How Does Your Garden Not Grow…


(To Keep You Out of NY Jails)

There are many different crimes one can break that could land them up in jail, but in New York City, a rather surprising new one is the inefficient care of residential gardens.  The new law that is being enforced in NY’s Massapequa Park has declared that if lawns are not properly maintained, the guilty parties will be fined up to $10,000 and be imprisoned for up to 15 days.  The reason the law was enacted was to maintain the high value of properties in the area which has been particularly negatively impacted by foreclosures.  In a unanimous vote, it was thus decided that if lawns are not mowed, dumpsters are full, there are broken gutters or boarded windows on a property, homeowners will be subject to the fine or jail time.  First offenders will be fined between $250-$1,000; second offenders, $2,500 and 10 days in jail and third-time offenders of the law will face up to 15 days in jail and top fines of $10,000.

Controversy on Garden Laws

But while in theory this new law seems like a good idea to many, there have been some very pertinent criticisms as well.  One resident who chose to remain anonymous said he didn’t like the idea of people reporting on each other from the same neighborhood.  He liked the place because it was known for people helping each other out, not doing the opposite. He then pointed out that it’s not so easy for everyone to maintain their properties, such as the elderly and that instead of being reported, neighbors should band together to help them, not fine them and make their already-challenging lives even harder.  Especially since for those who have had their home foreclosed, smacking an extra fine on them seems like a case of adding insult to injury.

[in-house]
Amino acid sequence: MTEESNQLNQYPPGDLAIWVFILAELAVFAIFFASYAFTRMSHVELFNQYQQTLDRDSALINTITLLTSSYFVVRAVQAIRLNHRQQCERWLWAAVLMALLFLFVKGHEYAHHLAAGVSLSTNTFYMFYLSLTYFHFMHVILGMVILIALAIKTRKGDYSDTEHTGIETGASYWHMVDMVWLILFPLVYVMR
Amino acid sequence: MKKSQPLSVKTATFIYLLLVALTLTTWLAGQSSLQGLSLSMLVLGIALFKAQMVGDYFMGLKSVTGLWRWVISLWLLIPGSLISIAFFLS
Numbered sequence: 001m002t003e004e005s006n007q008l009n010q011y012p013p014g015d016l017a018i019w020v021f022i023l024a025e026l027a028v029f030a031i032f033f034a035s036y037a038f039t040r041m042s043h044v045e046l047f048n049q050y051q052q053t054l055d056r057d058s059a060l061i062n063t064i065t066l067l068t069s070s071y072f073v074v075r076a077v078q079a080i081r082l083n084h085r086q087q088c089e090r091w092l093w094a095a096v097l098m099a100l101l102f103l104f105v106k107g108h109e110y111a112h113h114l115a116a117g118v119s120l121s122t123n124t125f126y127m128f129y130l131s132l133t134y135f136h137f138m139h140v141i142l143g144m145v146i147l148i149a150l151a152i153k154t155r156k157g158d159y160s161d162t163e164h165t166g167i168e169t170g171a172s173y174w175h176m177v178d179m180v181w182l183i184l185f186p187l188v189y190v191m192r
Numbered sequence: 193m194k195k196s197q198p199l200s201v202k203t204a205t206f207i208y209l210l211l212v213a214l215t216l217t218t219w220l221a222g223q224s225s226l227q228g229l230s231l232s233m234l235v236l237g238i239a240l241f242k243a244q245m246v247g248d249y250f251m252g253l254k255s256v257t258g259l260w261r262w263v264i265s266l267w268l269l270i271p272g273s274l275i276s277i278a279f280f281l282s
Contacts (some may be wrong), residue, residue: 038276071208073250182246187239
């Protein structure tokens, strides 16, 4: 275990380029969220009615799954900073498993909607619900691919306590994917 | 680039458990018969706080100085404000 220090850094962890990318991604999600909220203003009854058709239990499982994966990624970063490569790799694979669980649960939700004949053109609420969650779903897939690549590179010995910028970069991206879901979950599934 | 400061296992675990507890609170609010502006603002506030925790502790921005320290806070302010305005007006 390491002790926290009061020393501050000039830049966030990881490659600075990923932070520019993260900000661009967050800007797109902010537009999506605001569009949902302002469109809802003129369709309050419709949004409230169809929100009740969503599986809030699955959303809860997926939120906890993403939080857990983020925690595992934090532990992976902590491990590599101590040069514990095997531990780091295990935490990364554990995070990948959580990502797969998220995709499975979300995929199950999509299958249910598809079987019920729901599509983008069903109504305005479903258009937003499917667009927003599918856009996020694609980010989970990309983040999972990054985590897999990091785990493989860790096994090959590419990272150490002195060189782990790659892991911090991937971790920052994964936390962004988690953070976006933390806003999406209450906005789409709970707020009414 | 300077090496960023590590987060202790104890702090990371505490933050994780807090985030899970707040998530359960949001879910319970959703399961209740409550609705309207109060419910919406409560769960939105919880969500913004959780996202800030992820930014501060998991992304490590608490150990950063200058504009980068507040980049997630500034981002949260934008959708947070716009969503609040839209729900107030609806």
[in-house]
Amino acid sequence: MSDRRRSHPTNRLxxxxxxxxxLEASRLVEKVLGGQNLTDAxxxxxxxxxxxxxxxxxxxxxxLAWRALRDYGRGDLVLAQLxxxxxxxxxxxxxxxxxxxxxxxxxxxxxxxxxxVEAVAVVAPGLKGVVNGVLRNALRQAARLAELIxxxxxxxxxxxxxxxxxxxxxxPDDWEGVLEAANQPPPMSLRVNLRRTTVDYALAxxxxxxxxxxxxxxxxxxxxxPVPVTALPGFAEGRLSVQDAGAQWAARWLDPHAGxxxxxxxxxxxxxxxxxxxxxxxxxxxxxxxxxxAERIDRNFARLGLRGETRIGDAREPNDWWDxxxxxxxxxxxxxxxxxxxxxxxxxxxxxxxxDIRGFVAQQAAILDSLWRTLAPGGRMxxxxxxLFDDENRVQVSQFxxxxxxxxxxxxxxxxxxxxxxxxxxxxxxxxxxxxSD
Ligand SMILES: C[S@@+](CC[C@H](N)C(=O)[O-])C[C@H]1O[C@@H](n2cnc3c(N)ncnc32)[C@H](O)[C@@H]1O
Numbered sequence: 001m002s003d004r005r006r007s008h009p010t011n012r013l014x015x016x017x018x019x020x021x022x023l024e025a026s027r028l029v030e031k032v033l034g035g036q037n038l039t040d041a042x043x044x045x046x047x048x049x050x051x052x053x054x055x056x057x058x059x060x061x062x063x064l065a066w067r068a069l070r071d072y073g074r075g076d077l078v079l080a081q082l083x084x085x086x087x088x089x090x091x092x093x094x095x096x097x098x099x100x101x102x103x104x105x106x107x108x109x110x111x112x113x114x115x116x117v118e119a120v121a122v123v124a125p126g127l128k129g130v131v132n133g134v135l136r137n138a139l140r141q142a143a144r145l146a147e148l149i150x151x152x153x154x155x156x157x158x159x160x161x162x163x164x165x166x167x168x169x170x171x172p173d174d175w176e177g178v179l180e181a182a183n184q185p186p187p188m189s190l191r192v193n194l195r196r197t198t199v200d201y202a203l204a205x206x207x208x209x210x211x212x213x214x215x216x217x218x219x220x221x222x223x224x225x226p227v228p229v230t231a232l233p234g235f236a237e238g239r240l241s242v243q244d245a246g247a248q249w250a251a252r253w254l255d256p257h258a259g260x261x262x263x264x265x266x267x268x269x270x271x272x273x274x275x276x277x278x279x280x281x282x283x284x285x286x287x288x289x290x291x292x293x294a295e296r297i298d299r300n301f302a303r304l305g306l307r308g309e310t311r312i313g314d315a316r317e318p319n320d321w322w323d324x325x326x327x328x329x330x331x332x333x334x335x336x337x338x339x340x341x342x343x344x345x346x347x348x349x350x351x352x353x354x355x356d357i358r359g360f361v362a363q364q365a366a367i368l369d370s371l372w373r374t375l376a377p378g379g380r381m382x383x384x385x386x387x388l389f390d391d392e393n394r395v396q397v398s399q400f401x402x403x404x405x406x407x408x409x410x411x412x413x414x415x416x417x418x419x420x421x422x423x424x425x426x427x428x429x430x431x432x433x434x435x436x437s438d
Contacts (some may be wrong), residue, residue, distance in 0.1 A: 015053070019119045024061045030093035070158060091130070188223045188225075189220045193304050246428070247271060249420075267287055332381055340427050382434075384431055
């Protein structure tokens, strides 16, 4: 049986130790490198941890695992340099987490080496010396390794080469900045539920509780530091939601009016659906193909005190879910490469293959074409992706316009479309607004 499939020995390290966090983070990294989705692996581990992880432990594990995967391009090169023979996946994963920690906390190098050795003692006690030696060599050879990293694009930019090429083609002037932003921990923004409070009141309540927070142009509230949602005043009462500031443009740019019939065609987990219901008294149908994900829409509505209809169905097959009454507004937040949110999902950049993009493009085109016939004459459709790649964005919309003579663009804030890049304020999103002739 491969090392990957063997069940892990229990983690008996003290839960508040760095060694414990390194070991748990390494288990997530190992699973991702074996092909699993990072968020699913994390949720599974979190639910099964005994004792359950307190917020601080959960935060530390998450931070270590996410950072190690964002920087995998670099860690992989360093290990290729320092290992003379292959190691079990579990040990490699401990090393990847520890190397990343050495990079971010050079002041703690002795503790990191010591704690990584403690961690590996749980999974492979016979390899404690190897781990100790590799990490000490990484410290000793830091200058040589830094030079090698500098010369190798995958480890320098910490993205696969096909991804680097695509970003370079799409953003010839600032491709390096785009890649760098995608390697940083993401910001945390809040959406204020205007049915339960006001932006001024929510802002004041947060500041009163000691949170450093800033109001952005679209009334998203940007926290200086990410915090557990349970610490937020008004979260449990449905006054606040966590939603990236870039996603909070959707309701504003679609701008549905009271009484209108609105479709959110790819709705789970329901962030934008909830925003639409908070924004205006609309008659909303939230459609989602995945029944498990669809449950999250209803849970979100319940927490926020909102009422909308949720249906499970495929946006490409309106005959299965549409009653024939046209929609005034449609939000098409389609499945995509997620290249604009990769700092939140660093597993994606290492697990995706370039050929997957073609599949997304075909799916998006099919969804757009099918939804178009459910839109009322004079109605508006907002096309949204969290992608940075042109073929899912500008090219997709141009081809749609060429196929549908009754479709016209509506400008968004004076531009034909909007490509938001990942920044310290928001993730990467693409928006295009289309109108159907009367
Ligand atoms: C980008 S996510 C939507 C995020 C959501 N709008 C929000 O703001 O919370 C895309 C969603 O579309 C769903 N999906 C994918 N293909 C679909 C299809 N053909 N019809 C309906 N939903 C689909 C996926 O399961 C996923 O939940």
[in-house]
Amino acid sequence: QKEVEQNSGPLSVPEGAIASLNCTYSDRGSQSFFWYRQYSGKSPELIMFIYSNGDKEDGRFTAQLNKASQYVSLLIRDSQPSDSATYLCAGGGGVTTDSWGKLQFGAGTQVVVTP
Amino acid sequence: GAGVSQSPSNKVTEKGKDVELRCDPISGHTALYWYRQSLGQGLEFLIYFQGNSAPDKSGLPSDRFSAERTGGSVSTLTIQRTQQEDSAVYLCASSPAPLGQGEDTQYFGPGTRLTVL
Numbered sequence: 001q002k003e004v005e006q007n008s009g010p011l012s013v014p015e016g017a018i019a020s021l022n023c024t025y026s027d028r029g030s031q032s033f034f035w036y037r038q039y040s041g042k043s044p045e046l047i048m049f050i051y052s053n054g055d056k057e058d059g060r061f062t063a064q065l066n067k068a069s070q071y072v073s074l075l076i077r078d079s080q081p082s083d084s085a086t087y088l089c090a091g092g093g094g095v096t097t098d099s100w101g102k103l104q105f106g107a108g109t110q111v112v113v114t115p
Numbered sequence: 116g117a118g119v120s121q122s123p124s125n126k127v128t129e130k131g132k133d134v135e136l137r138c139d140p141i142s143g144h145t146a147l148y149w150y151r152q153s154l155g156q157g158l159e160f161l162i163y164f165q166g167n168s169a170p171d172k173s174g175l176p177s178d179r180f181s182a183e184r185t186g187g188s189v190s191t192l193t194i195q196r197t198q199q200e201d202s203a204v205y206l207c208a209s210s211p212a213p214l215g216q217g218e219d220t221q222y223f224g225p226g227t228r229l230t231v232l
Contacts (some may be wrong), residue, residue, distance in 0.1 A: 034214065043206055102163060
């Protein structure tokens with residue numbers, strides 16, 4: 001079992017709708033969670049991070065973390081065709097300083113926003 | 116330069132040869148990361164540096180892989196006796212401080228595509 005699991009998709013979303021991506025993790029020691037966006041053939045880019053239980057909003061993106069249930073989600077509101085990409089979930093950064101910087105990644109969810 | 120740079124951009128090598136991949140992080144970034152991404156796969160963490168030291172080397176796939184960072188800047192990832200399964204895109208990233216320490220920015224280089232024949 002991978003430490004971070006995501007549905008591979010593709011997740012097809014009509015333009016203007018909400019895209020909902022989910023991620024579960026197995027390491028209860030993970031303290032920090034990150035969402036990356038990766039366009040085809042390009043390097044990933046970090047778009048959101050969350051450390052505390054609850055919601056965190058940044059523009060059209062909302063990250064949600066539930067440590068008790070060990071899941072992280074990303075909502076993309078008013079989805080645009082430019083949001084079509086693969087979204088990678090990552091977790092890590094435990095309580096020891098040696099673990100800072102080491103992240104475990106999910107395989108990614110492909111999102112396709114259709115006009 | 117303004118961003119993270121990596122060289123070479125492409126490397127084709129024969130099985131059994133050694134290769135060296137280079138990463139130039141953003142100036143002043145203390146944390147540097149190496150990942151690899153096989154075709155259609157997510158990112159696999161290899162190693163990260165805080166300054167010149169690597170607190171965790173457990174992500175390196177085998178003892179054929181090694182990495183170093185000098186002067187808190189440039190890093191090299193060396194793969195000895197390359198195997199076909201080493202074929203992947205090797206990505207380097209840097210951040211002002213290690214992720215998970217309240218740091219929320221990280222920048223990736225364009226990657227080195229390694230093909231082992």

Blame it on the Banks

Given this new law, it seems disgruntled New Yorkers in the Massapequa Park area are really blaming it on their banks, and with their money, not just their mouths.  Well, that’s especially true for Mayor James Altadonna who has recently proposed a law that would ultimately put the money blame on them.  The law is set to charge the bank $500 every time a village employee is forced to  clean up a property that has been labeled unkempt (in other words; lawns are not mowed; hedges are not trimmed; stagnant water is not drained, etc.). 

So, either way, Massapequa Park is getting a real clean up.  And no longer will residents be able to claim that “the grass is greener on the side,” since all gardens will be getting a shake up.  The only question left to be answered is, who will be paying for it?